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Physically Exhausting Jobs May Shorten Men’s Lifespan: Study

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Working out is good for your health. Or is it? A new study has found that physically demanding jobs may actually endanger your overall health.  ( Khaled Desouki | AFP/Getty Images )

Physical activity is a good way to boost one's physical and mental health — but not if it's your job, a study claims.

Exercise has long been the primary solution for acquiring a healthier lifestyle. Not getting enough of it is linked to a number of health problems, including obesity, heart disease, diabetes, and many other illnesses.

A new research published in the British Journal of Sports Medicine argues that not all forms of physical activity yield health benefits. In fact, some strenuous work is associated with a risk of early death.

Too Much Physical Activity Might Kill You

Occupational health researcher Pieter Coenen along with his colleagues looked at 17 previous studies that discussed the effects of job-related physical activity. Collectively, the studies provide information on over 193,000 men with varying levels of physically exhausting jobs. They conclude that those with the hardest jobs had an 18 percent risk of dying early compared with people who have less physically demanding work.

The results are conflicting with popular belief. After all, countless studies have been telling us that all forms of exercise can only be good for one's health, right? But Coenen says studies claiming as such only focus on leisure-based physical activity.

"We think physical activity at work and during leisure time are two really different types of exercise with different physiological outcomes as a result," he says.

Two Different Kinds Of Exercises

One big difference between those two forms of exercise is that people who work out for leisure can stay active for a set amount of time and take a break when they become too tired. Meanwhile, people whose jobs require them to remain physically active for hours on end don't get long periods of relaxation. Moderate physical activity may be beneficial for the heart, but intense physical activity may damage it.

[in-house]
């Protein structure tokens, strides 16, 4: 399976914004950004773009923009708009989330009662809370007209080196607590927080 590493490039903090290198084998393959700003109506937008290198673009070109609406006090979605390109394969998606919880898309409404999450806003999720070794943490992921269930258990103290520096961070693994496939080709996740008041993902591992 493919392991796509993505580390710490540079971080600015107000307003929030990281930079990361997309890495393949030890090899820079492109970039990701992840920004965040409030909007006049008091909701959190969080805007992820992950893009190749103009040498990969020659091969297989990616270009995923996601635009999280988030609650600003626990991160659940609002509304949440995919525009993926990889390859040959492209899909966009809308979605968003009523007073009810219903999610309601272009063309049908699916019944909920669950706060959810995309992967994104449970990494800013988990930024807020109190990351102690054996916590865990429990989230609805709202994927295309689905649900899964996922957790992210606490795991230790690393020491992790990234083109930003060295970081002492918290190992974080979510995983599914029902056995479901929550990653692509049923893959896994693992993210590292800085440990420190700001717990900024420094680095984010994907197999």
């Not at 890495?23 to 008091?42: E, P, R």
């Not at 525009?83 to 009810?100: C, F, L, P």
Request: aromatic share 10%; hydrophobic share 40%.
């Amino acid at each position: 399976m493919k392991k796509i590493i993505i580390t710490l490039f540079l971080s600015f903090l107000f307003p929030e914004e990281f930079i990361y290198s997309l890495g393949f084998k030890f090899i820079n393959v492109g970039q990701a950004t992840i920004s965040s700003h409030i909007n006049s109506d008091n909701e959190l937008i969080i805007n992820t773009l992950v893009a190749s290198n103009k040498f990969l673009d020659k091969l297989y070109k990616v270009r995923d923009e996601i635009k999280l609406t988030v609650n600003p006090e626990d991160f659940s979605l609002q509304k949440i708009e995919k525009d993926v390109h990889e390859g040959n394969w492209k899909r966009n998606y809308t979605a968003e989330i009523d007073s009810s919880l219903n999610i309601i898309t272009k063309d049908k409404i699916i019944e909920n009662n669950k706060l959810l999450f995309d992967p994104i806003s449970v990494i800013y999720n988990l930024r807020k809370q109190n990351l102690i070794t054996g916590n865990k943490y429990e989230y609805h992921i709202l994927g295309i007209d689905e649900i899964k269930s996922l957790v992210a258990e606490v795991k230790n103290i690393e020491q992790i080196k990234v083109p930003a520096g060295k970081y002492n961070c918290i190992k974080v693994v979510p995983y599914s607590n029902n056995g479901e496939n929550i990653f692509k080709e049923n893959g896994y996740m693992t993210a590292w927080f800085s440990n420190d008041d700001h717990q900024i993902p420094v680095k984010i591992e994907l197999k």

"[People with physically demanding jobs] may get very limited rest breaks; their heart rate and blood pressure are consistently high over the entire day. That may lead to the opposite of what is healthy for the heart, namely putting a strain on the cardiovascular system."

What's more, these people may not be getting the right kind of exercise that could be beneficial for their health. Since their physically demanding jobs are hard enough, they might assume working out for leisure is unnecessary.

It should be noted, however, that the study doesn't explicitly conclude physically demanding jobs will kill you. There could be a number of factors why individuals with strenuous jobs are 18 percent more likely to suffer early death — smoking, educational attainment, and socioeconomic standing may all play a role.

Even still, the study highlights that not all exercises are good for one's health.

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